♣ The above hand appeared in the Awbridge duplicate pairs and is one of the most crazy hands I have seen and it was not even computer generated!
I watched it being bid and played at three tables but I'm quite sure that if it was played at a hundred tables, everyone would have done something different!
At the first table East opened 1♠. Personally I would have opened 2♣. Anyway, after a pass by South, West jumped to 4♣ which I presumed was a splinter. I went round to have a look and was amazed to see nine clubs and four diamonds. I was busy wondering why West would pre-empt with this hand, especially opposite partner's opening bid. However it soon became apparent that 4♣ was intended as Gerber to which East answered 4♥. West then continued with 4NT. I don't know what that was meant to be but East replied 5♣ which West raised to 6♣. East now went into a short huddle and bid 6♠, the final resting place. Fairly quickly Declarer went five down for a score of minus 250.
I couldn't resist following the board to the next table where the bidding started the same with 1♠ but there the similarities ended. South decided to jump to 3♦, possibly a little dubious at this vulnerability. West continued quietly with 4♣ but then North piped up with 4♥. East quickly reached for the double card but just as quickly South continued uneasily to 5♦ and West then also pulled out the double card which ended the auction. 5♦ doubled went for 1400.
Without making it too obvious, I loitered near the next table to see what they would make of all this. This time East opened 1♥ followed by a pass and West jumped to 5♣. East now bid 5♠ which was passed out and went three off.
Unfortunately I didn't witness any of the other auctions but inevitably I was asked how I would have bid the two hands. Well for starters I would have opened 2♣ on the East hand as it has huge playing strength. As West I would bid 3♣, obviously a game forcing situation so no need to jump anywhere at this stage. East would bid 3♠, West would continue with 4♣ and East would now bid 4♥.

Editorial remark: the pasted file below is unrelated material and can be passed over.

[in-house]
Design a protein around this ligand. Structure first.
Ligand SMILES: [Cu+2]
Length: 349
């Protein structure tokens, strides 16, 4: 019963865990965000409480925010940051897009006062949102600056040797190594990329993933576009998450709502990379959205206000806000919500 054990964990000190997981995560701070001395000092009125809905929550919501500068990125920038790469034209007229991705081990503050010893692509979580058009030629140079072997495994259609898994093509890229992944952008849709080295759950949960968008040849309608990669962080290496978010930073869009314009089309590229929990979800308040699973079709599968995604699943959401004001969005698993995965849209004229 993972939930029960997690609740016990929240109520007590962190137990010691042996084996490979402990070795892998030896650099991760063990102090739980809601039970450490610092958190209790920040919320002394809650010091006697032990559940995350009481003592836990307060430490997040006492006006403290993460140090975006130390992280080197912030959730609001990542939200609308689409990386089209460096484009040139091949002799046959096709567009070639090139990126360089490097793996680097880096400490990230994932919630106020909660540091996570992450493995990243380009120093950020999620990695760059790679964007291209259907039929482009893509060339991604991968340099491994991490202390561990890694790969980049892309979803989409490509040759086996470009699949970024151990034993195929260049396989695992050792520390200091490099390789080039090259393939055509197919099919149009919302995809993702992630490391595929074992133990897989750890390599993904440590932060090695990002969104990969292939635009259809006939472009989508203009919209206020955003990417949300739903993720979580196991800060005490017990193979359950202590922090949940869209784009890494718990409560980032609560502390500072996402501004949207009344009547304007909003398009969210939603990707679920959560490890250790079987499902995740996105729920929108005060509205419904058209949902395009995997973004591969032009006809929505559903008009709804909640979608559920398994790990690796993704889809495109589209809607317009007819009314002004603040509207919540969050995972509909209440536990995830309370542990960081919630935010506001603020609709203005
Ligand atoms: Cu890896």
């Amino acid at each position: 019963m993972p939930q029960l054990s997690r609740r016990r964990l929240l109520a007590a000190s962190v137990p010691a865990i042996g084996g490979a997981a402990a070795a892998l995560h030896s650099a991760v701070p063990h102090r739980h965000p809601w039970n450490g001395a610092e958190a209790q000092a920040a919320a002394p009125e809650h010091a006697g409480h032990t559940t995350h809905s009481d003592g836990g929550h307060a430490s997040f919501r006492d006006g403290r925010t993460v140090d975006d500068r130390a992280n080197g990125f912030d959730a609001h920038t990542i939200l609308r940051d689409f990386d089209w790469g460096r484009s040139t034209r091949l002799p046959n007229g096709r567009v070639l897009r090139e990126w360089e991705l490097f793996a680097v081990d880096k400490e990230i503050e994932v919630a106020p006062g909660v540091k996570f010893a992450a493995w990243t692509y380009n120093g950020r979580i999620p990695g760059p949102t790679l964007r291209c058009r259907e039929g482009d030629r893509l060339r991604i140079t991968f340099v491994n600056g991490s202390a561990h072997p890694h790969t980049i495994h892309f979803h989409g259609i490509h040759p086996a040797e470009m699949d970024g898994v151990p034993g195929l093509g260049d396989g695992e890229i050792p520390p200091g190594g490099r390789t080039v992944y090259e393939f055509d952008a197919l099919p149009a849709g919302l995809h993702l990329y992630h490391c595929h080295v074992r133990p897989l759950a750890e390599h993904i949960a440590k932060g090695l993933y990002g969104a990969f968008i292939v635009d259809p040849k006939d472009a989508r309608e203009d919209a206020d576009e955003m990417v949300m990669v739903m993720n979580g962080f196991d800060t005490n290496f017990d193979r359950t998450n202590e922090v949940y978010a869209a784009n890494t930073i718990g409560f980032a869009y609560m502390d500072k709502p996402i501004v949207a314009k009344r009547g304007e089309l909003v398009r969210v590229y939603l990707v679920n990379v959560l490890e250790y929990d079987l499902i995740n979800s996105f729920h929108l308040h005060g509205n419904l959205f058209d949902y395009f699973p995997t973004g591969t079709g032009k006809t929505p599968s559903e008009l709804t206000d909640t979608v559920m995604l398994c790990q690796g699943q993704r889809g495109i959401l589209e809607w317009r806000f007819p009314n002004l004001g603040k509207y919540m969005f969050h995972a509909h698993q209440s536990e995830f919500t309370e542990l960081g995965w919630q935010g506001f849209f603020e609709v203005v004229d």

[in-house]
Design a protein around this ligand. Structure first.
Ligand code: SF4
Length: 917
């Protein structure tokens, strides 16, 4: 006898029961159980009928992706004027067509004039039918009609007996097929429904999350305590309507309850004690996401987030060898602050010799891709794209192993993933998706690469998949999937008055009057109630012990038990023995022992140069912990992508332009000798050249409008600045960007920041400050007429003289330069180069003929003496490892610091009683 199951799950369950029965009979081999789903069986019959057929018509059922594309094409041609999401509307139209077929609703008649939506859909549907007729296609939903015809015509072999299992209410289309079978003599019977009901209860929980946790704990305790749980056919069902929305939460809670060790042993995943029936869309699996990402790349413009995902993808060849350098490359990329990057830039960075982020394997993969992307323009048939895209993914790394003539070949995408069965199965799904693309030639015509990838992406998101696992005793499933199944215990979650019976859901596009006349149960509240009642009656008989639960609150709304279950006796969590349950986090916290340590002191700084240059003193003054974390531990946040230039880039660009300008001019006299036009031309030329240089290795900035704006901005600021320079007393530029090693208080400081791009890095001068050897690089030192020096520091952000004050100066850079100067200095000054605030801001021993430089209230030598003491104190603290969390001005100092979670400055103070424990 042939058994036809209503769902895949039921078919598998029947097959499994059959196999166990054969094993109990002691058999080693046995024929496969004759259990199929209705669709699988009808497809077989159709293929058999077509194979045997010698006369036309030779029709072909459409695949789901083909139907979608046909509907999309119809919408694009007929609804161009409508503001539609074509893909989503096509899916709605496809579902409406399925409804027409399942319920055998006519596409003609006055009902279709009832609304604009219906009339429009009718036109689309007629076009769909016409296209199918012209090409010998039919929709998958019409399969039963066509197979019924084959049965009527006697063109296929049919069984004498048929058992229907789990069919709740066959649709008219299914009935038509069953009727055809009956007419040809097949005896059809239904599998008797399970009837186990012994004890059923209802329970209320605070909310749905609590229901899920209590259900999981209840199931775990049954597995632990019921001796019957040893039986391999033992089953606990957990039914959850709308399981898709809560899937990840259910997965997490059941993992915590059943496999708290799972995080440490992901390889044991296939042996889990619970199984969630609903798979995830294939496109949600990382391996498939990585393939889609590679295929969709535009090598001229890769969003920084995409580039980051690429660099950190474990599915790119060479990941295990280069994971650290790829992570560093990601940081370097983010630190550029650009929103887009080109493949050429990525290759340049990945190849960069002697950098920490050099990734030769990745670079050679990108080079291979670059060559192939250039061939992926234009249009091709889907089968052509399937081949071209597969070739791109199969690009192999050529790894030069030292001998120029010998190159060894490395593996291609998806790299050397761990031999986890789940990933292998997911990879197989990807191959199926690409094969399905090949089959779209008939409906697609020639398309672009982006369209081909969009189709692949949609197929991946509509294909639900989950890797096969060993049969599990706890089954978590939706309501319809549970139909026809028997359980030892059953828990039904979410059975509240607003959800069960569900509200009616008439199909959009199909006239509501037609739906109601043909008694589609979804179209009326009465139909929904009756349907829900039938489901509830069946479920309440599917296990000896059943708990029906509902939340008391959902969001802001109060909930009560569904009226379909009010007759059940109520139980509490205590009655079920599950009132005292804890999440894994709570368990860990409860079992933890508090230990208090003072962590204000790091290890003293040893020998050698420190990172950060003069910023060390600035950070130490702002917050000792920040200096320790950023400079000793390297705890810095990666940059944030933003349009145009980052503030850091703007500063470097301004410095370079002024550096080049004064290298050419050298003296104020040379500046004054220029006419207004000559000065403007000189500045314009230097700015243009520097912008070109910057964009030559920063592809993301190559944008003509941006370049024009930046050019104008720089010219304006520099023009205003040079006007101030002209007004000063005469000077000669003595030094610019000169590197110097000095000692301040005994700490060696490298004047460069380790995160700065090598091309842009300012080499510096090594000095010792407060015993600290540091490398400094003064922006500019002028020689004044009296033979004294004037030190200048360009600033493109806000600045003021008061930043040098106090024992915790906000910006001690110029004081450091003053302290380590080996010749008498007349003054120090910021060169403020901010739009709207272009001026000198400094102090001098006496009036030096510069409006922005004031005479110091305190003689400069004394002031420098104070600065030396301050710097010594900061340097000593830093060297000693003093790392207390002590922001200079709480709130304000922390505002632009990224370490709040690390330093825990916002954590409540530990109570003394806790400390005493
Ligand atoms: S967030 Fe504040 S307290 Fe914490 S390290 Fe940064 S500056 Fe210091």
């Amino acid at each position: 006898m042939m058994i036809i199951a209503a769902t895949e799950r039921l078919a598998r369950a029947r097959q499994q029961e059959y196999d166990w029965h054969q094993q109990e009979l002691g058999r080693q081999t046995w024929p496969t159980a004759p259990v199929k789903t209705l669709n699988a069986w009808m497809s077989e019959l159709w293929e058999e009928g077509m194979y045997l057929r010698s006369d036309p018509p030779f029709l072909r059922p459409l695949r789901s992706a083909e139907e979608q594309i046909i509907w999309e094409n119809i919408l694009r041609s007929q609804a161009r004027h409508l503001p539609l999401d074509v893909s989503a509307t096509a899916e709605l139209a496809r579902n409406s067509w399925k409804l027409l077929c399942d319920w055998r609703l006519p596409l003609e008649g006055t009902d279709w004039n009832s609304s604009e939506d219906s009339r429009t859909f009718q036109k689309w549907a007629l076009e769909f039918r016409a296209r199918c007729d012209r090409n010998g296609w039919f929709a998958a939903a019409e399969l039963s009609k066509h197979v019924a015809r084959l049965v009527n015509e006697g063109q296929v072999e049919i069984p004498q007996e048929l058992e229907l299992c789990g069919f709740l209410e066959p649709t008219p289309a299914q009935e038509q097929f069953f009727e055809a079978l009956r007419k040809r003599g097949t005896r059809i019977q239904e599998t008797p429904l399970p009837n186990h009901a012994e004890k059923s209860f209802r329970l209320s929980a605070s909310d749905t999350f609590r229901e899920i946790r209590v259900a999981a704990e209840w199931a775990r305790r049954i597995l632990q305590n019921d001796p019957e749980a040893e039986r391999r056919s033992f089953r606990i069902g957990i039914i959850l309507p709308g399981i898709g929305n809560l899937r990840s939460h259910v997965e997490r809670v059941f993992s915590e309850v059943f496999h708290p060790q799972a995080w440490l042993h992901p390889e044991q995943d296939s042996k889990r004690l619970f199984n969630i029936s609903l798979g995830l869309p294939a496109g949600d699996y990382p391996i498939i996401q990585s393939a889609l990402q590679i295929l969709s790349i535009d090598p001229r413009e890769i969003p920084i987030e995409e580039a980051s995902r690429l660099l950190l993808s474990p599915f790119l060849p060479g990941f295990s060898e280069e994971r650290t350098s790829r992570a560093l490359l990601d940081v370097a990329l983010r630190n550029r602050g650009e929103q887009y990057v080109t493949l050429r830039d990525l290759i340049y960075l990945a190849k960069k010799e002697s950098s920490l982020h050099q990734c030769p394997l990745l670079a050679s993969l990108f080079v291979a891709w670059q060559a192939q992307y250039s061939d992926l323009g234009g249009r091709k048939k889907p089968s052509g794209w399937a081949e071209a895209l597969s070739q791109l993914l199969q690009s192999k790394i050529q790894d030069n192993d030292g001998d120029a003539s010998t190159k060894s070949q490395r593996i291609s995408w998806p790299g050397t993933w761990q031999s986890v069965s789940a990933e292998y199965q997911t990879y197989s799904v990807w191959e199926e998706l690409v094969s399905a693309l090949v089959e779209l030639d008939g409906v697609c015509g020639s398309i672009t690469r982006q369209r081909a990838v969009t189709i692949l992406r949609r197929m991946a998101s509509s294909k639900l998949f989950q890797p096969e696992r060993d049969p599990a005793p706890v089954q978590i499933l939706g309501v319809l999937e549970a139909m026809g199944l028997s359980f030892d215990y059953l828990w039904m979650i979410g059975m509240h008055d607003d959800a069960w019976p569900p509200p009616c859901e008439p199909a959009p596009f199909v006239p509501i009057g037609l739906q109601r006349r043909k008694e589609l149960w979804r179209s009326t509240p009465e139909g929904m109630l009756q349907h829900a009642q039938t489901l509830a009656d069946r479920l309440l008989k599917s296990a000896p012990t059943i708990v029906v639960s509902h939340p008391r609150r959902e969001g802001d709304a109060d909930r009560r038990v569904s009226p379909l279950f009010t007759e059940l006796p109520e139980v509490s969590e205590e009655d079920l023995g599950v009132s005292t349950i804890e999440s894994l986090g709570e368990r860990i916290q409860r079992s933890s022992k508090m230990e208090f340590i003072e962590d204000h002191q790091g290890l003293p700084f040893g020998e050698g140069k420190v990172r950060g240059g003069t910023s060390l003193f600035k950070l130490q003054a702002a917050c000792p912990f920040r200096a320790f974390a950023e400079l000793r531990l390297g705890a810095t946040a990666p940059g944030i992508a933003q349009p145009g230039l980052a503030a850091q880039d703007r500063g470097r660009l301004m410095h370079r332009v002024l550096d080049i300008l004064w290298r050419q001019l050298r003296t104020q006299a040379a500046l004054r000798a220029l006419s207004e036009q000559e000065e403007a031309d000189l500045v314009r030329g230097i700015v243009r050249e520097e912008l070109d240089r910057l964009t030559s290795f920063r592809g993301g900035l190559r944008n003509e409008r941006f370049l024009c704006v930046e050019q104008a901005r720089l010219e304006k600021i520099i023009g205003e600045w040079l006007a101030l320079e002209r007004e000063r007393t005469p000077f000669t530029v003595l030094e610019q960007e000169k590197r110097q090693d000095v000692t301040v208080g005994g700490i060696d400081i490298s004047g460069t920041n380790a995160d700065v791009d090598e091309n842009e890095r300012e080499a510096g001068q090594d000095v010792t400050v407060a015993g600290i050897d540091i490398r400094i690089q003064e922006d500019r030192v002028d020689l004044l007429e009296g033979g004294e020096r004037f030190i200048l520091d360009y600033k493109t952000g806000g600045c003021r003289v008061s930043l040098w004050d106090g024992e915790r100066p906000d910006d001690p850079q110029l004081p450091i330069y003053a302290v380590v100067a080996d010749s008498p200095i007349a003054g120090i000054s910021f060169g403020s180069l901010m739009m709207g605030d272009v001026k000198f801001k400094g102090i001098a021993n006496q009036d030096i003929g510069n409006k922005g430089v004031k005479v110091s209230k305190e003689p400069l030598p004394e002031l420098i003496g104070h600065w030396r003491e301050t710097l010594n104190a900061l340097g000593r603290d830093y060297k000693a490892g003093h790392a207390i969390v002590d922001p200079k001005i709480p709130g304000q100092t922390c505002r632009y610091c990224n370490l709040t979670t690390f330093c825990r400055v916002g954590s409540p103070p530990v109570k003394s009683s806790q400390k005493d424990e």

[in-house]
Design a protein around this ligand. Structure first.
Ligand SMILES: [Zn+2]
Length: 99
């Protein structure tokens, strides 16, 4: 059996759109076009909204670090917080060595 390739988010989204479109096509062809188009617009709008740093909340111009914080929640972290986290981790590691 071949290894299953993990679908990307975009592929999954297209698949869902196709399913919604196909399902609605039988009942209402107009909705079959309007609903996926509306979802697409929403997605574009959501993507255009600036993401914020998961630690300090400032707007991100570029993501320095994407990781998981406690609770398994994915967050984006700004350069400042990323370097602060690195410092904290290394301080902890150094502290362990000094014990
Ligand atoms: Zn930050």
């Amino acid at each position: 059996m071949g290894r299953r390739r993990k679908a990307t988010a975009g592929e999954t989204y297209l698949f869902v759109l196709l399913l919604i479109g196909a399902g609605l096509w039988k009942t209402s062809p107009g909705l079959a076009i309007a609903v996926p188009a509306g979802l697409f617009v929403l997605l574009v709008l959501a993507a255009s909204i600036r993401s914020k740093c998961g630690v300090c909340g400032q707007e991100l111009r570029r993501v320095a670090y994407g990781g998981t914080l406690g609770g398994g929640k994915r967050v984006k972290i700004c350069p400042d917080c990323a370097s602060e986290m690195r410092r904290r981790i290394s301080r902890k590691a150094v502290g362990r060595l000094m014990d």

Much as I would like to ask for Aces, no suit has been agreed and I would worry that some partners might pass this. Without any easy way of finding out about the Ace of clubs, I would probably jump to 6♣ and have done with it.
As for the play and being in the right spot, you might as well be spinning the roulette wheel. On my auction, East would be Declarer so South would be on lead. North may have made a 'Lightner Double' asking for South to make an unusual lead, hoping his partner will find a diamond lead for him to ruff. That would result in 6♣ doubled probably going three down, an initial diamond ruff, the Ace of trumps and two more diamond losers. However, if South leads a heart or a spade, Declarer has the possibility of discarding all four of his diamonds and losing just the Ace of trumps, though he might not be aware he needs to do this - He might just discard two diamonds and when South gets in with the Ace of trumps, he might lead a diamond and give his partner a ruff.
For anyone playing in clubs from the West hand, a trump lead would kill the contract as Declarer would have no access to dummy. On a major suit lead, Declarer has a similar opportunity to discard all his diamonds on Ace of spades and Ace, King, Queen of hearts, South ruffing the Queen of hearts with the Ace of trumps! But again, would Declarer really know he had to do this? If he throws two diamonds, he probably thinks it is now time to draw trumps but South wins the Ace and can give North a diamond ruff.
What about a dubious contract of 6NT? On a heart lead, Declarer throws a couple of diamond losers but maintains vital access with that valuable singleton diamond. Obviously North can't lead a diamond as he doesn't have any but a club lead would destroy 6NT providing South continues with a diamond.
At the table where South played in 5♦ doubled I was amused to see the opening lead of the 5 of clubs, the first time I've ever seen a lead of 9th highest!
Interesting when you realise that with this incredible hand, on correct defence, any slam is impossible and the only game that can be made with reasonable ease is 3NT but it would be inconceivable to play there. The most likely game contract is 5♣ which is easy to let through at the table. However, if you can see all four hands, the only way to make it against perfect defence is quite incredible.
A heart or spade lead by North concedes the contract at trick 1, obviously a diamond lead is not possible so it has to be a club lead. South wins with his Ace and best defence is to play back the Queen of diamonds. If North ruffs he has to play a heart or spade and Declarer makes his contract. North therefore refuses to ruff so Declarer now draws the outstanding trump. The key play now is to exit with a low diamond. South wins but whatever diamond he returns, Declarer can now make his 9 to make his contract so 5♣ cannot be beaten on optimum defence and Declarer play.